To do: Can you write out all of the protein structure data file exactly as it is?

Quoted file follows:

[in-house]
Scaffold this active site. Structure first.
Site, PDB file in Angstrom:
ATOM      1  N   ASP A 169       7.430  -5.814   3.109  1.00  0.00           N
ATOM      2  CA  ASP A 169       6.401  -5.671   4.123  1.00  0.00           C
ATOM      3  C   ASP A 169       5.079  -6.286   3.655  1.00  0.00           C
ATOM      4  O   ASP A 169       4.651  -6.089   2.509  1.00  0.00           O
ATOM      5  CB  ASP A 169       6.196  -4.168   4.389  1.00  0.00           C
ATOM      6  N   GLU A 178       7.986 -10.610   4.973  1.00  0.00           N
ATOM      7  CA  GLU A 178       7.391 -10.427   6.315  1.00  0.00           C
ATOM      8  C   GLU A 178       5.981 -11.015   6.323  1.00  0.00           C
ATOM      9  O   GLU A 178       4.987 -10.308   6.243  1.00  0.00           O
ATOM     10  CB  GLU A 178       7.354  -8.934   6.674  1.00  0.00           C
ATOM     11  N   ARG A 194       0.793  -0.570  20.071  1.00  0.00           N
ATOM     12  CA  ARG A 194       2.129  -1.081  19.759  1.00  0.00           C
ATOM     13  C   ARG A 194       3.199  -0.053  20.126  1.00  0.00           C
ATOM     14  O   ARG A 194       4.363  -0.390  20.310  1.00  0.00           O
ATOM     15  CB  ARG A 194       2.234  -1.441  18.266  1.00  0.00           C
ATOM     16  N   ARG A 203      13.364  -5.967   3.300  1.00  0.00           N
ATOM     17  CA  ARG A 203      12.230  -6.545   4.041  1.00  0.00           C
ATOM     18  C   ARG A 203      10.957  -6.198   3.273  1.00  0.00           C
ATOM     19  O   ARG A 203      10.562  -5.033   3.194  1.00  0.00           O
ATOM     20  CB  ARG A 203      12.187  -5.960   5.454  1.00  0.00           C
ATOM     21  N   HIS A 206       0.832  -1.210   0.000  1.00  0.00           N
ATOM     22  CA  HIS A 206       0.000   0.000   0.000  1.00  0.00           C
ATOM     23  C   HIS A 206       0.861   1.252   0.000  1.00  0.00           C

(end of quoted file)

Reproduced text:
[in-house]
Scaffold this active site. Structure first.
Site, PDB file in Angstrom:
ATOM      1  N   ASP A 169       7.430  -5.814   3.109  1.00  0.00           N
ATOM      2  CA  ASP A 169       6.401  -5.671   4.123  1.00  0.00           C
ATOM      3  C   ASP A 169       5.079  -6.286   3.655  1.00  0.00           C
ATOM      4  O   ASP A 169       4.651  -6.089   2.509  1.00  0.00           O
ATOM      5  CB  ASP A 169       6.196  -4.168   4.389  1.00  0.00           C
ATOM      6  N   GLU A 178       7.986 -10.610   4.973  1.00  0.00           N
ATOM      7  CA  GLU A 178       7.391 -10.427   6.315  1.00  0.00           C
ATOM      8  C   GLU A 178       5.981 -11.015   6.323  1.00  0.00           C
ATOM      9  O   GLU A 178       4.987 -10.308   6.243  1.00  0.00           O
ATOM     10  CB  GLU A 178       7.354  -8.934   6.674  1.00  0.00           C
ATOM     11  N   ARG A 194       0.793  -0.570  20.071  1.00  0.00           N
ATOM     12  CA  ARG A 194       2.129  -1.081  19.759  1.00  0.00           C
ATOM     13  C   ARG A 194       3.199  -0.053  20.126  1.00  0.00           C
ATOM     14  O   ARG A 194       4.363  -0.390  20.310  1.00  0.00           O
ATOM     15  CB  ARG A 194       2.234  -1.441  18.266  1.00  0.00           C
ATOM     16  N   ARG A 203      13.364  -5.967   3.300  1.00  0.00           N
ATOM     17  CA  ARG A 203      12.230  -6.545   4.041  1.00  0.00           C
ATOM     18  C   ARG A 203      10.957  -6.198   3.273  1.00  0.00           C
ATOM     19  O   ARG A 203      10.562  -5.033   3.194  1.00  0.00           O
ATOM     20  CB  ARG A 203      12.187  -5.960   5.454  1.00  0.00           C
ATOM     21  N   HIS A 206       0.832  -1.210   0.000  1.00  0.00           N
ATOM     22  CA  HIS A 206       0.000   0.000   0.000  1.00  0.00           C
ATOM     23  C   HIS A 206       0.861   1.252   0.000  1.00  0.00           C